The public corruption saga of former Illinois Governor Rod Blagojevich is nearing an end. Earlier this year, he was found guilty of 18 counts of corruption, including trying to sell the U.S. Senate seat once held by President Obama. Today, a federal judge begins a hearing to determine Blagojevich's sentence. NPR's Cheryl Corley reports.
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Let's talk, now, about the reported settlement in last year's deadly coal mine disaster in West Virginia. Details are expected later this morning, but NPR and other news organizations have confirmed some elements of a $200 million settlement that involves civil and criminal penalties levied against the owner of the Upper Big Branch mine.
Originally published on Mon December 5, 2011 5:01 pm
Rep. Ron Paul may not be leading in any of the major presidential polls (though he's in second place in Iowa according to a recent poll.) But he arguably is setting the pace when it comes to the 2012 presidential campaign ads.
Originally published on Mon December 5, 2011 4:40 pm
Protesters headed to the streets and snipers opened fire in Taiz, Yemen today. As The New York Times puts it, the clashes "threatened a day-old cease-fire agreement" and threw into question whether a power transfer agreed to by Yemen's president in November would mean much for the country.
Scientists have discovered a planet not too much bigger than Earth that's circling a distant star that's much like our own Sun. What's more, this planet is in the so-called "Goldilocks zone" around that star â€” a region that's not too hot and not too cold. That's the kind of place that could be home to liquid water and maybe even life.
The planet, known as Kepler-22b, is the first near-Earth-sized planet to be found smack dab in the middle of the habitable zone of a twin to our Sun.
A little-noticed trial in Maryland could affect how many dirty tricks voters will see in the upcoming elections â€” things like anonymous fliers or phone calls telling people to vote on the wrong day, or in the wrong precinct, or that they can't vote at all if they have an outstanding parking ticket.
The tactics are often illegal, but it's rare for anyone to get caught, let alone end up in court.
Today it is widely understood that slavery is a stain on American history â€” indelible and regrettable. But on the 150th anniversary of the beginning of the Civil War, a new issue of The Atlantic magazine reaches back to a time when this matter wasn't yet settled, and monumental questions were still up in the air: Would slavery continue? Would America remain united?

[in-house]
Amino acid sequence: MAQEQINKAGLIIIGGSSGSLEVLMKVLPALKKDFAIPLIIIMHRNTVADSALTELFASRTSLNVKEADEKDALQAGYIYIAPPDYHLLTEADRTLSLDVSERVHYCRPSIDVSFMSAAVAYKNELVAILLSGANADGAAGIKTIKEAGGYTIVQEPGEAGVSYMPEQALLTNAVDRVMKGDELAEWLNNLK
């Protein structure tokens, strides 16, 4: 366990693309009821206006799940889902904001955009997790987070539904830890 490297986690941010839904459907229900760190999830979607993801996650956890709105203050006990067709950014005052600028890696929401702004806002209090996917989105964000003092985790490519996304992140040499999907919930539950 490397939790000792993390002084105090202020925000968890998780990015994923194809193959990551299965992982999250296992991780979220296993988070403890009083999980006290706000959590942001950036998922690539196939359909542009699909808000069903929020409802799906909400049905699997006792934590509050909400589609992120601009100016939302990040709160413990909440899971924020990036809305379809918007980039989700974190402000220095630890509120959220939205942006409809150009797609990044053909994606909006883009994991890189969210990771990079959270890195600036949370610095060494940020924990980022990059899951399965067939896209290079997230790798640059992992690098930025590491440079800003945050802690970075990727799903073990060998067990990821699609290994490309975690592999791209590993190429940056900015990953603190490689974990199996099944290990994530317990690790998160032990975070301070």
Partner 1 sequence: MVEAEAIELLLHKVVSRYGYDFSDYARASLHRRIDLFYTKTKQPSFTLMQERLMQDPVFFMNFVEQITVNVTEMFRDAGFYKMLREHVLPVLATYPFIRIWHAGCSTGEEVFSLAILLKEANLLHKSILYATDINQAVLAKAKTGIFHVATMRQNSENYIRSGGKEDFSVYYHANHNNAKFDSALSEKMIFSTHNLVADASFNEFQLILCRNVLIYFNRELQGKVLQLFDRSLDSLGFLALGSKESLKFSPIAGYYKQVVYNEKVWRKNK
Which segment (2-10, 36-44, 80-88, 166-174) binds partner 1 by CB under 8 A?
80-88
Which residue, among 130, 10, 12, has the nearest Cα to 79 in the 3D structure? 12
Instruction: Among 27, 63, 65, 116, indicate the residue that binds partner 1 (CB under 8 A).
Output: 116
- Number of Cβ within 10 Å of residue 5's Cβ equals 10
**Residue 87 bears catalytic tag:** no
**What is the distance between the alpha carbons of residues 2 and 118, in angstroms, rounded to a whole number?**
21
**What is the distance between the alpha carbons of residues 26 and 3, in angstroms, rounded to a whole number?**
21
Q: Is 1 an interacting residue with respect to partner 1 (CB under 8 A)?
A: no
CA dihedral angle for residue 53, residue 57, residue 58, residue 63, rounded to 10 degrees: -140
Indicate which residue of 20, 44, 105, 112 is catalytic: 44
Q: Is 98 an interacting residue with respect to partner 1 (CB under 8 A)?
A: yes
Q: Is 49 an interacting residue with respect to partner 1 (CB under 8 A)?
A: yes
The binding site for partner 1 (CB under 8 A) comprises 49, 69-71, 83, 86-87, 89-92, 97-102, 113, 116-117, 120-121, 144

Originally published on Wed December 7, 2011 8:49 am
Hidden in the soil of Illinois and Iowa, a new generation of insect larvae appears to be munching happily on the roots of genetically engineered corn, according to scientists. It's bad news for corn farmers, who paid extra money for this line of corn, counting on the power of its inserted genes to kill those pests. It's also bad news for the biotech company Monsanto, which inserted the larvae-killing gene in the first place.
When businessman Herman Cain left the Republican presidential race over the weekend, he said he would endorse one of his former rivals.
One likely recipient of that endorsement: Former House Speaker Newt Gingrich. Like Cain before him, Gingrich is trying to establish himself as the conservative alternative to former Massachusetts Gov. Mitt Romney. And Cain and Gingrich share a long history of mutual admiration.
In the past two weeks, Russia's president has once again slammed the U.S. for its missile defense plans in Europe. President Dmitry Medvedev told his nation Russia would aim its missiles at U.S. missile interceptors when they are deployed in Europe. He also said Russia might even pull out of the new START agreement, which limits both sides' strategic nuclear warhead deployments. We've heard these complaints and threats before from Moscow. Nevertheless, the tone of the Medvedev's remarks was quite sharp.
Congress returned to Washington Monday with a pile of unfinished business, and no clarity on a path to getting it done. At the top of the congressional to-do list this week is extending a payroll tax holiday that meant about $1,000 in extra take-home pay for the typical family this year. It is set to expire at the end of the month.